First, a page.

The Minnesota Wild’s season hangs somewhat in the balance as they near the halfway point; right now they’re outside even the wild-card spots and aren’t producing the goods in front of net.
A quick glance at the standings tells you that the Minnesota Wild are the ninth lowest scoring team in the league. What’s more, they’re not getting the defensive performances they need. Of those below them in five-on-five scoring, only the Boston Bruins and Anaheim Ducks boast more goals for than against.
What’s more frustrating though is the fact that the team is actually taking shots. Unlike the New York Rangers and St. Louis Blues, their lack of goal scoring doesn’t appear to be through lack of putting the puck on net.
In fact, sitting 14th in the league for five-on-five Shots For suggests that the Minnesota Wild are purely riding some bad luck right now and that not ever team can visit St. Paul with a ‘hot goalie’.
To get a better idea of what’s lacking, we have to look at all of the statistics; the Minnesota Wild may be putting shots on net, but they’re sitting 21st in the league in scoring chances at even-strength.
This actually makes me think that the Wild have padded their stats with wild long-range efforts hoping for rebounds and dump-ins that fail to meet their back-board target, but rather find the goalie.
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Again though, when I look further into the stats, it’s actually true that the Minnesota Wild may be suffering from some bad luck and poor shooting from their individual players. They have generated 366 high-danger chances this year; the 8th highest 5-on-5 marker in the whole league.
Above them, you’re looking at teams like the Tampa Bay Lightning, Pittsburgh Penguins, Toronto Maple Leafs and another team with an awful shooting percentage, the Carolina Hurricanes.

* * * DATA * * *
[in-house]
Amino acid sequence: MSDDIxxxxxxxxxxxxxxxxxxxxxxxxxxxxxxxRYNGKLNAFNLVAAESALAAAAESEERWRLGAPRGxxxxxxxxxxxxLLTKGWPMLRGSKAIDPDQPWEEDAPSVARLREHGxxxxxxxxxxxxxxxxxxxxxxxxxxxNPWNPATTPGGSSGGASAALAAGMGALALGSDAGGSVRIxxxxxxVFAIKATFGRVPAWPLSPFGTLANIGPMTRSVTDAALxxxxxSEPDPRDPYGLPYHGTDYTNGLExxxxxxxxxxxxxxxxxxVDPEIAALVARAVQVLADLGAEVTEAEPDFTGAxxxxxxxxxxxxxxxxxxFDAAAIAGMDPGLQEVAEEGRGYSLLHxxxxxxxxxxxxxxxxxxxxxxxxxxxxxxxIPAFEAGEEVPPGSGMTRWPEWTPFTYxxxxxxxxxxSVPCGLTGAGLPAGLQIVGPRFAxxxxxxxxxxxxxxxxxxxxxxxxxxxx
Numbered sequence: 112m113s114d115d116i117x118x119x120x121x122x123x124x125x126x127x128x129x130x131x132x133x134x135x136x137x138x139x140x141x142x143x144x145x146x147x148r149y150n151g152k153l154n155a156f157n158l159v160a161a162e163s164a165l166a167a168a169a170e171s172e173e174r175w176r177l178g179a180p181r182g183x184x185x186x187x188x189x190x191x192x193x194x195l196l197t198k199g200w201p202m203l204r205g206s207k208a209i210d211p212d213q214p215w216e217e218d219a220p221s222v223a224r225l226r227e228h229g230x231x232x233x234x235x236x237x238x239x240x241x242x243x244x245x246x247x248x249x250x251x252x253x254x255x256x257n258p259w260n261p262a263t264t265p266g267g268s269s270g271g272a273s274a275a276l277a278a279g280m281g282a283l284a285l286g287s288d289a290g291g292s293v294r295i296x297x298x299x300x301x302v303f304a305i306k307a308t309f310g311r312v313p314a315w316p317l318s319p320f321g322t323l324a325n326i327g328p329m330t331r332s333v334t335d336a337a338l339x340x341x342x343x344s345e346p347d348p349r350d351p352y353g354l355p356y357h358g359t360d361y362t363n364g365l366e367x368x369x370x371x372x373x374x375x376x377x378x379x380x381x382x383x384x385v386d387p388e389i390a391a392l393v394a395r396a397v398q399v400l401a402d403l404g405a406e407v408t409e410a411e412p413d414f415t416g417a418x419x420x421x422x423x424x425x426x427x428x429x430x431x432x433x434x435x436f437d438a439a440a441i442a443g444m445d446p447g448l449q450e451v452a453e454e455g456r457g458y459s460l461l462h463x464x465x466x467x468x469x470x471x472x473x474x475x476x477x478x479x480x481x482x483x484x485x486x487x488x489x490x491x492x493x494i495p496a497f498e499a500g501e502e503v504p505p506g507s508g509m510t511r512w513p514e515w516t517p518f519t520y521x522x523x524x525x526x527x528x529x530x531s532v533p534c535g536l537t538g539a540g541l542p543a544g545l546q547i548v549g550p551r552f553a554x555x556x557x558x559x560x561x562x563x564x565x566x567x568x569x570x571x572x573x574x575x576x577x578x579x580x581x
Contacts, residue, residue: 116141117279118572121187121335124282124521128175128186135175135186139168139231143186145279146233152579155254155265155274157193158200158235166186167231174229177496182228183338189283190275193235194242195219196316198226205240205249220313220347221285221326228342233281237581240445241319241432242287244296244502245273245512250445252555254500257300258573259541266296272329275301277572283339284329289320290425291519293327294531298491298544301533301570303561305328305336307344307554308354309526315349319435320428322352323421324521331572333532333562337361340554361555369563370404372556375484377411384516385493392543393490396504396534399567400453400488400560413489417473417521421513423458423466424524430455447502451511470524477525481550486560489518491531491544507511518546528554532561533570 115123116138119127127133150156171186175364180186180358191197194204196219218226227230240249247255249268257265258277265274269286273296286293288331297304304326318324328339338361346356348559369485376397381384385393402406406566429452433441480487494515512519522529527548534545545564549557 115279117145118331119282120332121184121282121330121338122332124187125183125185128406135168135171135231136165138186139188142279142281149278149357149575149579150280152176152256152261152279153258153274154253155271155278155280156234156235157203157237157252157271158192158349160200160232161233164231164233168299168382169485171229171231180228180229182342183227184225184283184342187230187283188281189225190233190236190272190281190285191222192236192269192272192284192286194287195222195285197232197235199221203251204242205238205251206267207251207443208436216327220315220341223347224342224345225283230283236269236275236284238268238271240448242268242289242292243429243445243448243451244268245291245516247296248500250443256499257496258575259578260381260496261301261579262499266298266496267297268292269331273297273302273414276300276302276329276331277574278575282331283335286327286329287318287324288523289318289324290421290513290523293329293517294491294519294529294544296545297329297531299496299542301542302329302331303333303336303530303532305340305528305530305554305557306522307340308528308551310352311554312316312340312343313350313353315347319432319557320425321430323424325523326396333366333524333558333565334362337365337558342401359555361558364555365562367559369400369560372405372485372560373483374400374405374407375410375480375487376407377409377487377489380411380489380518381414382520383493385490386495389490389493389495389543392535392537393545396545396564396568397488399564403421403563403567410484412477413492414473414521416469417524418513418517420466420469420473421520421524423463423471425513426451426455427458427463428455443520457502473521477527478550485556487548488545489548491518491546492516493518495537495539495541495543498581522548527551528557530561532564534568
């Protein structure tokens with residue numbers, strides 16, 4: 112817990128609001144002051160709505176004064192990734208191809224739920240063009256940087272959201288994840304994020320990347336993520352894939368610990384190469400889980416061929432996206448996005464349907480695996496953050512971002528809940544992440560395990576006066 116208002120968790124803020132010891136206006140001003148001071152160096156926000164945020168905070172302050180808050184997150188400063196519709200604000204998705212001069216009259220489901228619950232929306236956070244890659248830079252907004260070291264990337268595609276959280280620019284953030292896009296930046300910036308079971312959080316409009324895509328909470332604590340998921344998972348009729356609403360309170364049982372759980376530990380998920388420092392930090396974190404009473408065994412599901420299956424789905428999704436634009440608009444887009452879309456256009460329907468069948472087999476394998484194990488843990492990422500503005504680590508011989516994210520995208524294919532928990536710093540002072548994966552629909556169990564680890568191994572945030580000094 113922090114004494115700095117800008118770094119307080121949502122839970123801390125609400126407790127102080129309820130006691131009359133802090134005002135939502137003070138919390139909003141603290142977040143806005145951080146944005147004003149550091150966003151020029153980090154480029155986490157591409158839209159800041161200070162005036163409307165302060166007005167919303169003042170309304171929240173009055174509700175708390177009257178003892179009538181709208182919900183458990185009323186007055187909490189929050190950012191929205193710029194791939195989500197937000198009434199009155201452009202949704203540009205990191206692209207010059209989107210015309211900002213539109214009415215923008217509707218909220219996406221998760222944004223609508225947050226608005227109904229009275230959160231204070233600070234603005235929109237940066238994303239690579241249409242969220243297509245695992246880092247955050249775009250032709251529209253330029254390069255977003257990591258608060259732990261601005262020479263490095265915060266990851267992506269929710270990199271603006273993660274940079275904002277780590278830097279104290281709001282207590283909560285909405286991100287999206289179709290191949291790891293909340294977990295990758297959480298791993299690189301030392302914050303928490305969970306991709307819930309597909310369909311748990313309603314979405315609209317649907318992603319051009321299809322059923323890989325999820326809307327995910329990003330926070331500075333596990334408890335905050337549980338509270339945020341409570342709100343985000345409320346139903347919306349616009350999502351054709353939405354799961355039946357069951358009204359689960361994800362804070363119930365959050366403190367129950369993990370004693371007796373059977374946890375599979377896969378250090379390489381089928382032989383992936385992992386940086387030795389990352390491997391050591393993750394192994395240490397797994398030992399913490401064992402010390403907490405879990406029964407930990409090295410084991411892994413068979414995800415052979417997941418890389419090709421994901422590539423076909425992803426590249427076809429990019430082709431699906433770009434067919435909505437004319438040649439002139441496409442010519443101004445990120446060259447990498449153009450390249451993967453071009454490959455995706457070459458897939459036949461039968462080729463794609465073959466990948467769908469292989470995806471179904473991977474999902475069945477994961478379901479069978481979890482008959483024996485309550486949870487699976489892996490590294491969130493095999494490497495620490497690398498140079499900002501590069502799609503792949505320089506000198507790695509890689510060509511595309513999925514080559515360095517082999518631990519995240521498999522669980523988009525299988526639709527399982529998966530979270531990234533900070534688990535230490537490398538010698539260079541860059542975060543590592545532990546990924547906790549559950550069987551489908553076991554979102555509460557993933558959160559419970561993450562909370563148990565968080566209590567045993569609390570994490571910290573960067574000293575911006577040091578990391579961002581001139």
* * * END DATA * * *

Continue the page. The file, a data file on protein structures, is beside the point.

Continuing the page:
I think it is fair to say that the Minnesota Wild didn’t expect to fall from grace this dramatically but the tell-tale signs were there, last season.
Eric Staal posted a remarkable 42 goals in all situations and was always highly unlikely to repeat that level of goal scoring. Beyond Eric Staal, Jason Zucker posted 33 goals, which might’ve been a little unsustainable given the 14.86 shooting percentage, likewise Nino Neiderreiter was scoring on 13.53% of his shots.
Nino has sunk back to 10.45%, Zucker to 9.43% and Eric Staal has come back from his inflated 17.36% to 10.74%. Zach Parise is the only player seemingly elevating his percentage (even then you question it whether he sustains it), riding a 14.78% thus far, up on his 12.61% across the half-season he saw last year.
Given that nobody is the team has yet cracked 20 goals and the third highest goalscorer is one of the defenseman, it’s pretty fair to say that you don’t need to read all of these analytical insights to realise that the team isn’t getting the job done in front of net.
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There’s already five teams in the league that have at least two players that have notched a twenty goal tally already.
Even more disconcerting is that 3 of the players that have 20 or more goals have 20 or more of them at even-strength, whilst there’s another three on 18 or more even-strength goals already. The Minnesota Wild’s top even-strength goalscorer by comparison is Zach Parise with 11.
If you can’t find the net at even-strength, you’re making yourself reliant on your power-play. Should you play a game that you spend too much time short-handed or the referees aren’t blowing the whistle, you’re going to, much like the Wild have, find your chances to score very limited.
There’s no easy fix to the Minnesota Wild’s even-strength scoring woes, but I guess it’s not all doom and gloom. As long as they keep putting shots on net, there’s always a chance the puck can get past the goalie!
Statistics courtesy of Natural Stat Trick.